Report: Base GMC Hummer EV Canceled

Matt Posky
by Matt Posky

For those with the capacity to think back all the way to 2021, you may recall GMC announcing that the all-electric monstrosity that is the Hummer EV would come with a base trim after the limited launch edition (E1) became the less-collectable EV3X. The base model was to wear the EV2 suffix and effectively be a more affordable version of the EV2X by ditching the peppy tri-motor setup and running with the 400-volt electric architecture and a smaller battery pack. Originally estimated to retail for $79,995, it would have been the cheapest way to get into a modern Hummer. 

However, it looks like General Motors has abandoned the idea — likely due to it not making much financial sense. 

According to GM Authority, the base GMC Hummer EV2 had already been delayed and now doesn’t appear to be happening at all. The outlet explicitly states that there will be EV2 for the 2025 model year beyond the X variant (starting MSRP $98,845 after destination). While no source was cited, the outlet has a pretty good track record for being in the know about what’s happening inside General Motors and nobody from the company was willing to confirm that the EV2 was going to make an appearance before next year — if at all. 

From GM Authority

For reference, the 2 trim level was expected to share bits with the 2X — namely the two-motor powertrain — but feature a smaller battery and a shorter equipment list. Back in 2020, GM originally announced a $79,995 MSRP. For now, the 2025 GMC Hummer EV will be offered in 2X and 3X trim levels, as is the case for 2024 models.
Meanwhile, sales of the off-road-focused electric vehicle increased in the United States over the course of Q4 2023 with a total of 2,028 deliveries. More specifically, there were 825 units of the Hummer EV Pickup sold, along with another 1,203 examples of the Hummer EV SUV.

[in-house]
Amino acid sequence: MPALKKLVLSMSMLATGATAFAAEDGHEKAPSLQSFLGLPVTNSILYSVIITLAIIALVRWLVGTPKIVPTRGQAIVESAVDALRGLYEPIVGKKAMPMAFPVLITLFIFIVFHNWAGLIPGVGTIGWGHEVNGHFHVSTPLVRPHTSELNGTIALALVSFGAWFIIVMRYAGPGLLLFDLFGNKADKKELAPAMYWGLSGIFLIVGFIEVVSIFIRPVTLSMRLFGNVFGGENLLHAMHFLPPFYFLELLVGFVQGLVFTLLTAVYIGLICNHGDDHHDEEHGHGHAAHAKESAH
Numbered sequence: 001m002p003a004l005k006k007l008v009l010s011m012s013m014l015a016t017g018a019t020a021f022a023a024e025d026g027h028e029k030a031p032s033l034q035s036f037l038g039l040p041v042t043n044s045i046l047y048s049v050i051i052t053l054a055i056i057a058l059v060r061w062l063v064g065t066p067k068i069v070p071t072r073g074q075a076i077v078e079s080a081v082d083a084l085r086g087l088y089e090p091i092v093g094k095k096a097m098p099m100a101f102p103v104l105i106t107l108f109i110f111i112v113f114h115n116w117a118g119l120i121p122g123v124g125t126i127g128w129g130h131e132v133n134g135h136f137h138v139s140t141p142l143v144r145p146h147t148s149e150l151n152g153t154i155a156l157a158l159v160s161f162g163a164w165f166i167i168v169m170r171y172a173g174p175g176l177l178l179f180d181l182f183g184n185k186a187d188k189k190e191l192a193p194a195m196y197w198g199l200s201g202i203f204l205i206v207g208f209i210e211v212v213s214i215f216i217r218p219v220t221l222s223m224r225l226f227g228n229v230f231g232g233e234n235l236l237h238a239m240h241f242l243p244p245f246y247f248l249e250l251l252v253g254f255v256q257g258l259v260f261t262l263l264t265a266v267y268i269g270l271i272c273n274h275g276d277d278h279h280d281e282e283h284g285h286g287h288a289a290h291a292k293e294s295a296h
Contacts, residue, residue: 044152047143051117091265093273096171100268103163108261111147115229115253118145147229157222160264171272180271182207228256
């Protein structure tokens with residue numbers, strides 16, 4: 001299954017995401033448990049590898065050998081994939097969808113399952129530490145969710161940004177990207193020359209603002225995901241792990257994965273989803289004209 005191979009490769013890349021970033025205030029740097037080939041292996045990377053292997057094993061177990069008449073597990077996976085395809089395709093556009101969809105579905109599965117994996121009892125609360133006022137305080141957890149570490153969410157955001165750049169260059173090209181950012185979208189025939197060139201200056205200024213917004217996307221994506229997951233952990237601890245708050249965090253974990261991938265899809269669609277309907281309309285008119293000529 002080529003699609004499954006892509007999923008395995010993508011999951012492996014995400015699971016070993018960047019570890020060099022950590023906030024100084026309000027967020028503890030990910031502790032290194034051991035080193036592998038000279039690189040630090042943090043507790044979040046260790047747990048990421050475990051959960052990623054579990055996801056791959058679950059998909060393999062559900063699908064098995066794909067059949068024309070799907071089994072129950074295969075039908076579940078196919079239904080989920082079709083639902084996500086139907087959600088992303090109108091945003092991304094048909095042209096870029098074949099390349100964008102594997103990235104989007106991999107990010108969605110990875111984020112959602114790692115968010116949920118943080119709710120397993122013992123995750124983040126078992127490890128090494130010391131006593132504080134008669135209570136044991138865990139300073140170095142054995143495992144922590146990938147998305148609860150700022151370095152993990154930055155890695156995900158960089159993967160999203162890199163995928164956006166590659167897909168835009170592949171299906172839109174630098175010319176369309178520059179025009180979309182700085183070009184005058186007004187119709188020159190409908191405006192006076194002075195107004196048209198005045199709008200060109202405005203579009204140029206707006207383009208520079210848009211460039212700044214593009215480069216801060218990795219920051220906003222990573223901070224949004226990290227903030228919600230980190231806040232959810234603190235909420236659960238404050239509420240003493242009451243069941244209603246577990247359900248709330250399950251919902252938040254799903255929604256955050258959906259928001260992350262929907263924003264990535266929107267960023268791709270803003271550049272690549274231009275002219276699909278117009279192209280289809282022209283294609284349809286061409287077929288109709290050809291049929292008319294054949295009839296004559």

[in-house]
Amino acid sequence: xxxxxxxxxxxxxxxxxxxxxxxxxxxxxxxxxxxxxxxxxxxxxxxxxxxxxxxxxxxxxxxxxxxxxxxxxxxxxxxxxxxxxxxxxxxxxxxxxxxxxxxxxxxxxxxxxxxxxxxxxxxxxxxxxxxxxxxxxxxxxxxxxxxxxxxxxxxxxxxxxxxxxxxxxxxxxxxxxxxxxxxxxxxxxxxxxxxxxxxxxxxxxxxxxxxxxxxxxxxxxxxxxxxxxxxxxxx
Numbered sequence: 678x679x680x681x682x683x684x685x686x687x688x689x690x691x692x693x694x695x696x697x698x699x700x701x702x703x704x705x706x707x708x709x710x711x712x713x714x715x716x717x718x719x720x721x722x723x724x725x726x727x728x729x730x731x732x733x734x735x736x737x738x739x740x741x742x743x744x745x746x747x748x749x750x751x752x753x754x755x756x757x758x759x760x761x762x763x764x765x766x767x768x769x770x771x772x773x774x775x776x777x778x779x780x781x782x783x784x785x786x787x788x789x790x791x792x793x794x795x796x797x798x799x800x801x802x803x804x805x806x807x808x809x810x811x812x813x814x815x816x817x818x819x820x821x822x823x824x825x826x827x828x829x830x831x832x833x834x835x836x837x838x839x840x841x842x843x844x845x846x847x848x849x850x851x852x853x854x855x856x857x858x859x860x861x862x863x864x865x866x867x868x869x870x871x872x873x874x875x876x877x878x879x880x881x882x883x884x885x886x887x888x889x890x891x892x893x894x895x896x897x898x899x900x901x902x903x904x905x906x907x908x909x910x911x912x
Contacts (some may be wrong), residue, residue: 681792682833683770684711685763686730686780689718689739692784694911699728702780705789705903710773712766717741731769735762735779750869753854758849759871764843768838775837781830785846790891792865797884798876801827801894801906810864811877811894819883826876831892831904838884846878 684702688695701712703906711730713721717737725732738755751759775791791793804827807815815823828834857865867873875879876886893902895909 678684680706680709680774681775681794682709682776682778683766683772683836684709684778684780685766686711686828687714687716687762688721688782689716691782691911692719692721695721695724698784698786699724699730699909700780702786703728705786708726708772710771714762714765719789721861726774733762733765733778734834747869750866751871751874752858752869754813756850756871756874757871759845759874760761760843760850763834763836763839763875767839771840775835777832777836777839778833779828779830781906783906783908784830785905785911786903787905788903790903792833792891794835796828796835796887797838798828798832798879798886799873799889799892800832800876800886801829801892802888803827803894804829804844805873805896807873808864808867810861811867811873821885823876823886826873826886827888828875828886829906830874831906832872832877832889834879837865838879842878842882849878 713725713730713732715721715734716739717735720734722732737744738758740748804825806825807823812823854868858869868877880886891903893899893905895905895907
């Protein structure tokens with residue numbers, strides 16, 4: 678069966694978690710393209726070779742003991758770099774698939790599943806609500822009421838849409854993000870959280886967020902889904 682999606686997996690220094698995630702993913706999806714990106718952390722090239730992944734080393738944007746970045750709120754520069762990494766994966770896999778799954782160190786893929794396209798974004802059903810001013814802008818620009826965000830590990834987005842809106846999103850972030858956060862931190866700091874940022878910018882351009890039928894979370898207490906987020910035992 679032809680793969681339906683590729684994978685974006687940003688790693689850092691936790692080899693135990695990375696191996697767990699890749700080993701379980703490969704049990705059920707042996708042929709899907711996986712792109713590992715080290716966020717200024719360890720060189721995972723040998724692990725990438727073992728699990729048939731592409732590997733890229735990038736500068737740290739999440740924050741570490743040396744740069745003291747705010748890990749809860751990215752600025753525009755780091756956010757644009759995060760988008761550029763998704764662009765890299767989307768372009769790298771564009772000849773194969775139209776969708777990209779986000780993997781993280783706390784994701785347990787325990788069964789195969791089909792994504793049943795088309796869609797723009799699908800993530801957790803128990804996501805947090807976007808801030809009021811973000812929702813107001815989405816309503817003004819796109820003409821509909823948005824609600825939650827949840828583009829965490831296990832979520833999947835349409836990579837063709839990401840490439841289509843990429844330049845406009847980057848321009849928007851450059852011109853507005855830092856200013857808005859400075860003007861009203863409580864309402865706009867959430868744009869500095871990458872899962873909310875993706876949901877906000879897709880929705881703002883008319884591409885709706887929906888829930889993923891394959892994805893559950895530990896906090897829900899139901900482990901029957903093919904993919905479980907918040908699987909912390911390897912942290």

As a reminder, both the 2 and 2X variants were positioned as all-new trims for the 2024 model year, featuring technologies like GM Ultium battery and GM Ultium Drive motors. Output stood at a GM-claimed 625 horsepower, while range was quoted at roughly 250 miles from a full charge. Speaking of which, the Hummer EV 2 was expected to have a fast charge capacity of 400 volts.

It doesn’t make much sense to build a bargain version of what is undoubtedly GMC’s most impractical model. The Hummer EV is over 9,000 pounds of ridiculousness and has enough novel features to dazzle your friends for at least a couple months. While it can likewise be used for serious work, its powertrain doesn’t really lend itself to being a full-time working vehicle and our assumption is that isn’t what people are buying it for. 

With that in mind, it likely doesn’t make much sense to drop a budget version boasting a maximum range of roughly 250 miles. Though, considering the large disparity between the 381-mile Hummer EV3 SUV and 314-mile pickup version, that 250 miles could be optimistic in certain configurations.